Why can’t I put hotlinks in notification icon balloon tips?


The short answer: "Because there is no NIF_PARSELINKS flag."

The long answer:

When balloon tips were first developed, there was no ability to embed links. Consequently, programs were free to put insecure text in balloon tips, since there was no risk that they would become "live". So, for example, a virus scanner might say "The document 'XYZ' has been scanned and found to be free of viruses."

Now suppose hotlinks were supported in balloon tips. Look at how this can be exploited: I can write a web page that goes

<TITLE>&lt;A HREF="file:C:\Windows\system32\format.com?C:"&gt;
Party plans&lt;/A&gt;</TITLE>

I then rename the file to "Party plans.html", attach it to some email, and send it to you.

You download the message and since you are a cautious person, you ask your virus scanner to check it out. The balloon appears:

Virus scan complete ×
The document 'Party plans' has been scanned
and found to be free of known viruses.

"Oh, how convenient," you say to yourself. "The virus scanner even included a hotlink to the document so I can read it."

And then you click on it and your hard drive gets reformatted.

"So why don't you add a NIF_PARSELINKS flag, so people who want to enable hotlinks in their balloon tips can do so, and still remain compatible with people who wrote to the old API?"

(I've heard of one person trying to pass a TTF_PARSELINKS flag in the NOTIFYICONDATA.uFlags member and wondering why it wasn't working. I hope it's obvious to everybody why this had no chance of working.)

Because that would just be passing the buck. Anybody who used this proposed flag would then have to be extra-careful not to put untrusted links in their balloon tips. Most people would just say, "Wow! A new flag! That's awesome!" and start using it without considering the serious security implications. Then somebody can trick the program into putting untrusted text into a balloon tip and thereby exploit the security hole.

"Aw, come on, who would be so stupid as to write code without considering all the security implications?"

I hope that was a joke question.

The best way to make sure things are secure is to make it impossible to be insecure.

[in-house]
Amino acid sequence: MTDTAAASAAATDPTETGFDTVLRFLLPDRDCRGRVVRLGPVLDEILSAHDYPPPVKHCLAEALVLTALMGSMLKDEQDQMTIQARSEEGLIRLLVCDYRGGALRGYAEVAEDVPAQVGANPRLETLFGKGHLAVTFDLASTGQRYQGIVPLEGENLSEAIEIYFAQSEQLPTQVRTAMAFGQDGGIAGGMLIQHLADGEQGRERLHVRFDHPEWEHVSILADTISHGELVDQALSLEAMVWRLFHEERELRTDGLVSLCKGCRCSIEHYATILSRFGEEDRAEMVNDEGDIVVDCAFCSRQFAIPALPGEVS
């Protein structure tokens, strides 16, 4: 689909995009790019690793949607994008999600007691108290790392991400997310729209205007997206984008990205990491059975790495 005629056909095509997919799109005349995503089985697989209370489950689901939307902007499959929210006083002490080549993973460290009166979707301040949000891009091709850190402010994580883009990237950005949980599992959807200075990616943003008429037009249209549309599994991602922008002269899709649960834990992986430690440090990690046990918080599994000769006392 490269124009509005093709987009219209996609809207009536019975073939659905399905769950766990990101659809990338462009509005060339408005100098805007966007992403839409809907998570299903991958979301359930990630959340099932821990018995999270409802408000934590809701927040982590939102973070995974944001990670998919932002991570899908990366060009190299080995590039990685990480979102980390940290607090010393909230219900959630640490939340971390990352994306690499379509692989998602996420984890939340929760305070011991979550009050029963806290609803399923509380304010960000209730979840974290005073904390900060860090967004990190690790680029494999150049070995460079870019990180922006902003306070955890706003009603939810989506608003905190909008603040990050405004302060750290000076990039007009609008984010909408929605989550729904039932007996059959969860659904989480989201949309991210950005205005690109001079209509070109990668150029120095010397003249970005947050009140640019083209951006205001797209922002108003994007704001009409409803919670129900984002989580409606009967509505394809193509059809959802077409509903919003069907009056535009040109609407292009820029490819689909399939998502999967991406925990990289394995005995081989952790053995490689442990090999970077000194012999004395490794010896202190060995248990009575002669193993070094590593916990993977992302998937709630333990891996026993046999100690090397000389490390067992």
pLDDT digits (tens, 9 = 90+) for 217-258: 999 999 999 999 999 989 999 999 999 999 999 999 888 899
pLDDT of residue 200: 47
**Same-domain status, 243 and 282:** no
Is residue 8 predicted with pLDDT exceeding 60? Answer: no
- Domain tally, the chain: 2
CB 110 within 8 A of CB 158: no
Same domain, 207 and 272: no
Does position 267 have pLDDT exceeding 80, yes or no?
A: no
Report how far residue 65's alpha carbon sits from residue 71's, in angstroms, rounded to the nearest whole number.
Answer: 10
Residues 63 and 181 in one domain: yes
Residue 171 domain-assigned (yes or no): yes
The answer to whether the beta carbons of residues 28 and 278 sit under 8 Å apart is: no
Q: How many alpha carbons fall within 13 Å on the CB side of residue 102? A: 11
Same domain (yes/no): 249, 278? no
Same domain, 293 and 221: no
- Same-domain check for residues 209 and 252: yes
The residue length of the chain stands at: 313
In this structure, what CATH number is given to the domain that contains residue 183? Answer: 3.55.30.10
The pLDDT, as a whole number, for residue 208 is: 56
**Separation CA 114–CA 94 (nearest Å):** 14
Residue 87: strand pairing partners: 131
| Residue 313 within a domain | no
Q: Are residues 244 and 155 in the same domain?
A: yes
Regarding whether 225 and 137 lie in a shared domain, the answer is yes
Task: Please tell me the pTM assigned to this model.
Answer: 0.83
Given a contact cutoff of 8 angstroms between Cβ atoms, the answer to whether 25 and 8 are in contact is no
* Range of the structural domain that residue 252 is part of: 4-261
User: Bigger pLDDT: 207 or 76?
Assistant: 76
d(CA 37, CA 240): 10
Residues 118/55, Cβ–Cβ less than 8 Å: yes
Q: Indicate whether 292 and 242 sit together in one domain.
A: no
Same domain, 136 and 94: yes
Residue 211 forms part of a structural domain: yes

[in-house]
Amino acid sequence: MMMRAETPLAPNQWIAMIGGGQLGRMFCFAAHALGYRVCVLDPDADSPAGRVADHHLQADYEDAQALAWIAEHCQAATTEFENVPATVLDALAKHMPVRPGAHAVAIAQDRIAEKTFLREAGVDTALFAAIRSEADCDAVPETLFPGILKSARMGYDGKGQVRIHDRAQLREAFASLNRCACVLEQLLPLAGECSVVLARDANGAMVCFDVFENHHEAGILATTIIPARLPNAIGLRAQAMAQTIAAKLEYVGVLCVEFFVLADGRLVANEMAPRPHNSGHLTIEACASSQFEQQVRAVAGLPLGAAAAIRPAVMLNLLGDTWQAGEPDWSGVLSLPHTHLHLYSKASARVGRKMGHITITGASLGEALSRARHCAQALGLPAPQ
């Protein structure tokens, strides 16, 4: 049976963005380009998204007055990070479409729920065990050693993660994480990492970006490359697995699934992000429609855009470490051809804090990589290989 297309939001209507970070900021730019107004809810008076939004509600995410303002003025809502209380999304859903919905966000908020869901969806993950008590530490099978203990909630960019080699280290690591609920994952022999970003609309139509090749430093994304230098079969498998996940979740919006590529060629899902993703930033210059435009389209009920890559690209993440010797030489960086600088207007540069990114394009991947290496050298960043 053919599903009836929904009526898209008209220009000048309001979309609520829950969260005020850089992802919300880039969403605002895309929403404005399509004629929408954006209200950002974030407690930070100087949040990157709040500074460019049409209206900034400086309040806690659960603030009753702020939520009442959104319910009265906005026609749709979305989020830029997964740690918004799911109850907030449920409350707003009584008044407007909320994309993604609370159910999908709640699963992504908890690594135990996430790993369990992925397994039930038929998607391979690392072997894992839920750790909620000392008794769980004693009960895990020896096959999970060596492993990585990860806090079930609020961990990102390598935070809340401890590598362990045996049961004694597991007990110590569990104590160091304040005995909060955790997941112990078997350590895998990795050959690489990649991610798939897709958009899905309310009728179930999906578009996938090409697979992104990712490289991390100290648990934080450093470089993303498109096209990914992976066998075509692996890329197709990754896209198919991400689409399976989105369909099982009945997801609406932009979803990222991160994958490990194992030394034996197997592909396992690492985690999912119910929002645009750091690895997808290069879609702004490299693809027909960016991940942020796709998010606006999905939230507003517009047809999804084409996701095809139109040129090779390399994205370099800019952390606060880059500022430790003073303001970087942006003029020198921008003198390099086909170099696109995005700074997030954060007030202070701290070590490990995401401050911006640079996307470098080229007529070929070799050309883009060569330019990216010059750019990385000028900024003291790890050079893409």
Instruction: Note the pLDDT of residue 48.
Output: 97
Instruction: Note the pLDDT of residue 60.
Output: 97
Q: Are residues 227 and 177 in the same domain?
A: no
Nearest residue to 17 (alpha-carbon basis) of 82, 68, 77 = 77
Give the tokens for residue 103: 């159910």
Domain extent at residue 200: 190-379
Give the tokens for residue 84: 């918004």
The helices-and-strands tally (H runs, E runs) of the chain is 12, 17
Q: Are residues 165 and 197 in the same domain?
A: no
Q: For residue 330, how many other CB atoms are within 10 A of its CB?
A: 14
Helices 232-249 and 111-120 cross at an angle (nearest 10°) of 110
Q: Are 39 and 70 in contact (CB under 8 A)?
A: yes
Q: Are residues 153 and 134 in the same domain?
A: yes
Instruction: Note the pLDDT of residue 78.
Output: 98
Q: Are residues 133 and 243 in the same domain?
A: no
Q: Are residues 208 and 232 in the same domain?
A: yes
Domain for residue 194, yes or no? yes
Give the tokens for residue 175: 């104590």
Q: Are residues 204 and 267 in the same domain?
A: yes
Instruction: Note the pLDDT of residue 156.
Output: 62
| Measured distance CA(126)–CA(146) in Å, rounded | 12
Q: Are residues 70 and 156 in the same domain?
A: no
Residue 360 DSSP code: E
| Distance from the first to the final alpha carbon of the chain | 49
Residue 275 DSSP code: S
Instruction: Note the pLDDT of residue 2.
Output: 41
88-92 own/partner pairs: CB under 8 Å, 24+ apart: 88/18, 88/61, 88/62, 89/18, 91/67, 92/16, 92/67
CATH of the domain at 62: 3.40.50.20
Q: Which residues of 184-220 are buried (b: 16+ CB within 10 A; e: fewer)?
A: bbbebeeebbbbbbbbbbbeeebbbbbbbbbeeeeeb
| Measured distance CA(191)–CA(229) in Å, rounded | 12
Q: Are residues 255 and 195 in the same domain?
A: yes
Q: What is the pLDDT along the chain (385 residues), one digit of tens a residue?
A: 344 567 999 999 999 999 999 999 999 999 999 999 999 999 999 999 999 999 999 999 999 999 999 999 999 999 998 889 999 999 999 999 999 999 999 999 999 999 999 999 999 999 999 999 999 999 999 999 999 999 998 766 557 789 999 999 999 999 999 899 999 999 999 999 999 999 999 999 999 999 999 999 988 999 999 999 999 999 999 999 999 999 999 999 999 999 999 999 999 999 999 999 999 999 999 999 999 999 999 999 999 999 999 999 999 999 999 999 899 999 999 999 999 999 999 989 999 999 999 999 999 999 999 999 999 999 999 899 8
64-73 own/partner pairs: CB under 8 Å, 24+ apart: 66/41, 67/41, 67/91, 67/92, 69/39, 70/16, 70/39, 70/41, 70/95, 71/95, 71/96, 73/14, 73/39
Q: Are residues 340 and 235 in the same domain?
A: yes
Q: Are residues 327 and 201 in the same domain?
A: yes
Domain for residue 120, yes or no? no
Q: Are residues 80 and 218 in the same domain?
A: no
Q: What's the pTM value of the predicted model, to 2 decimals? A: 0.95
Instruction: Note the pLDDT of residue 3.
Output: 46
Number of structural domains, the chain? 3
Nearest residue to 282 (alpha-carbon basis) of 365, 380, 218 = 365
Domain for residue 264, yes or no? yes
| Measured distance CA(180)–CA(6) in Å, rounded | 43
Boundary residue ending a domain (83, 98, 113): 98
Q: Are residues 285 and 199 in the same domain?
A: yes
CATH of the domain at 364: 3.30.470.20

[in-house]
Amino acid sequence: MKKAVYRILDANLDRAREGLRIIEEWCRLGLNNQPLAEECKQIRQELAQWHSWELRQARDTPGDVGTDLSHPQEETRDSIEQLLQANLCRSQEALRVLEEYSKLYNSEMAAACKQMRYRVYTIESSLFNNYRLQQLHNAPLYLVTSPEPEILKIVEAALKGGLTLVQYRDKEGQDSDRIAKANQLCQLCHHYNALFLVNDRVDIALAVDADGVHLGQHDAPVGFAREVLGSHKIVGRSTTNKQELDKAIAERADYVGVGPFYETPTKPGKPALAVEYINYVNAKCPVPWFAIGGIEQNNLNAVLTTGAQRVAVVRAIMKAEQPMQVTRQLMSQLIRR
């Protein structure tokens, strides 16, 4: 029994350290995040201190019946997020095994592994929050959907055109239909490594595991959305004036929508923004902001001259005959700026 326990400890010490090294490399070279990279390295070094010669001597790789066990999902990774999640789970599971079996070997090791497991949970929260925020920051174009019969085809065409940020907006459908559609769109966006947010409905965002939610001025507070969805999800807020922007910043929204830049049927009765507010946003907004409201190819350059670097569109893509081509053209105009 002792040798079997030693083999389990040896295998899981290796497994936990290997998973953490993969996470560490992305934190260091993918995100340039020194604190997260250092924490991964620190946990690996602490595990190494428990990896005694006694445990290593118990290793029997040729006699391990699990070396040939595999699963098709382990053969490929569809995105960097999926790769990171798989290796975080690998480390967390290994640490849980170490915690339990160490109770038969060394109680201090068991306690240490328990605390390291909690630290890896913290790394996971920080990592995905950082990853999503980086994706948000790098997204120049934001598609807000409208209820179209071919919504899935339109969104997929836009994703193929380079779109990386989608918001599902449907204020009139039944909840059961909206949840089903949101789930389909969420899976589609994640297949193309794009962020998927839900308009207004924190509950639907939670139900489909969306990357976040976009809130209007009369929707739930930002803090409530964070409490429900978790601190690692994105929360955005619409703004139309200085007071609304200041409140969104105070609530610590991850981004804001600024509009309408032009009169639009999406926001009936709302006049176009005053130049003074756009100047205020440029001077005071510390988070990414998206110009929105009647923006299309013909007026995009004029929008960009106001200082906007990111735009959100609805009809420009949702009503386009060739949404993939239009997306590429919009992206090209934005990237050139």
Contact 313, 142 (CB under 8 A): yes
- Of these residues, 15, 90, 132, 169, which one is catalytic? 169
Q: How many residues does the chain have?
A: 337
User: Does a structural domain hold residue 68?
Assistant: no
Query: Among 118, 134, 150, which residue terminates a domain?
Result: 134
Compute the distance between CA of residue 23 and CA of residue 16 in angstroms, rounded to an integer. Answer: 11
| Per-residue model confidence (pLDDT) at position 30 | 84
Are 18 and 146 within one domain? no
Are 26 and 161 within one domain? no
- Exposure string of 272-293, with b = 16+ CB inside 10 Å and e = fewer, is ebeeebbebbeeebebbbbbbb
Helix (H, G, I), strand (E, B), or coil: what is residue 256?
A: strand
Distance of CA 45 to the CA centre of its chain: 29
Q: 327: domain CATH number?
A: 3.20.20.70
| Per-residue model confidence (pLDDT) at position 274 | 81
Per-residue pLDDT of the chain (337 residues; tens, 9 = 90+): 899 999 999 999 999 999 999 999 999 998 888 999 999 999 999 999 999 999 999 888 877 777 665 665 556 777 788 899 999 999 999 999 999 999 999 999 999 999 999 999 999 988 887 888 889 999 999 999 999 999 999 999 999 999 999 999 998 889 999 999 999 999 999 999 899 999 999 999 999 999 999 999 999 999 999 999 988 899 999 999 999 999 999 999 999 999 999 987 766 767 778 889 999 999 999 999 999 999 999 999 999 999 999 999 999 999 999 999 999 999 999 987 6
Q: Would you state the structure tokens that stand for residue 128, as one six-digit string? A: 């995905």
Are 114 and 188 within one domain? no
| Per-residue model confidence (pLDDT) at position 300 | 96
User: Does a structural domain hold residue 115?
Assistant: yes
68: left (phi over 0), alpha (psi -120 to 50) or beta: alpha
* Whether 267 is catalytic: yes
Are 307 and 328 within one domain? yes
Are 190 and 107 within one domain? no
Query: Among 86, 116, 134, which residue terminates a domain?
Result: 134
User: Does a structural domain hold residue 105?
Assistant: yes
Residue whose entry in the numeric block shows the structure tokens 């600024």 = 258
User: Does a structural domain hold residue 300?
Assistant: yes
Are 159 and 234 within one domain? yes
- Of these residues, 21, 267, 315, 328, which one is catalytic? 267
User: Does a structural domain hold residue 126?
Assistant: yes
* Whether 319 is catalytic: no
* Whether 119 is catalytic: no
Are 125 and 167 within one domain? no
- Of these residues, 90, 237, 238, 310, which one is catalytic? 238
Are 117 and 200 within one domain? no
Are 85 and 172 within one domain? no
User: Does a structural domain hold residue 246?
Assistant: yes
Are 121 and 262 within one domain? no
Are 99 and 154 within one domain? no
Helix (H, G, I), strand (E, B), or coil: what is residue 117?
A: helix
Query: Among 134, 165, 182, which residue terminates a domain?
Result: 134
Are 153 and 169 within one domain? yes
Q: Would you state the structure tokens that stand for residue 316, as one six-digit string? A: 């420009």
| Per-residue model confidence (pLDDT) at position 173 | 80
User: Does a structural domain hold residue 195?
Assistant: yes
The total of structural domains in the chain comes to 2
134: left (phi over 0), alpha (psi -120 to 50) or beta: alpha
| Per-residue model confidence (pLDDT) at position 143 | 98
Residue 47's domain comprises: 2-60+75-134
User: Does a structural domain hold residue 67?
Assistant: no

Comments (34)
  1. Darrell says:

    I would change your last sentence to read "The ONLY way to make sure things are secure is (for you) to make it impossible to be insecure." Don’t rely on other people, do it yourself. Excellent points.

  2. Erbo says:

    Of course, would this stop someone from creating their own "balloon notification window" that did contain what looked like a clickable link? Probably not. OTOH, if someone were smart enough to break security in that fashion, they probably wouldn’t NEED to…

  3. Oleksiy Kolisnychenko says:

    Little offtopic here.

    Raymond, do you know how to enable new XP-styled selection rectangle in list view (like the one in Explorer)? My MSDN doesn’t show any appropriate flag. :(

  4. Raymond Chen says:

    Erbo: True, but at least it won’t be Explorer doing the insecure thing at the unwitting bidding of another program.

    Oleksiy: Did you remember to specify in your manifest that you wanted the XP version of the common controls?

  5. Scott says:

    Clickable titles? Isn’t that a huge problem in itself that opens up potential holes all over the place?

  6. Henk Devos says:

    Just for fun, i put the URL you used as the title URL for this page.

    Does this mean your blkog has now become a very dangerous weapon?

    My point: If it is not secure to allow a URL in a baloon tip, then it is also not secure to allow it on a web page or any other place.

  7. Henk Devos says:

    Ok the super smart bloggers script has reformatted the URL, turned it into a http thing…

    But you know what i mean.

  8. Raymond Chen says:

    IE already has safeguards to prevent you from running unsafe links. But people who put links in balloon tips typically want to link to something fancier than just a web page.

  9. Eric Lippert says:

    > If it is not secure to allow a URL in a balloon tip, then it is also not secure to allow it on a web page or any other place.

    Correct, it would not be secure. That is why the IE and script teams worked together to develop a security system that mitigates this threat.

    Therefore, the balloon developers would need to develop a security model for balloon tips.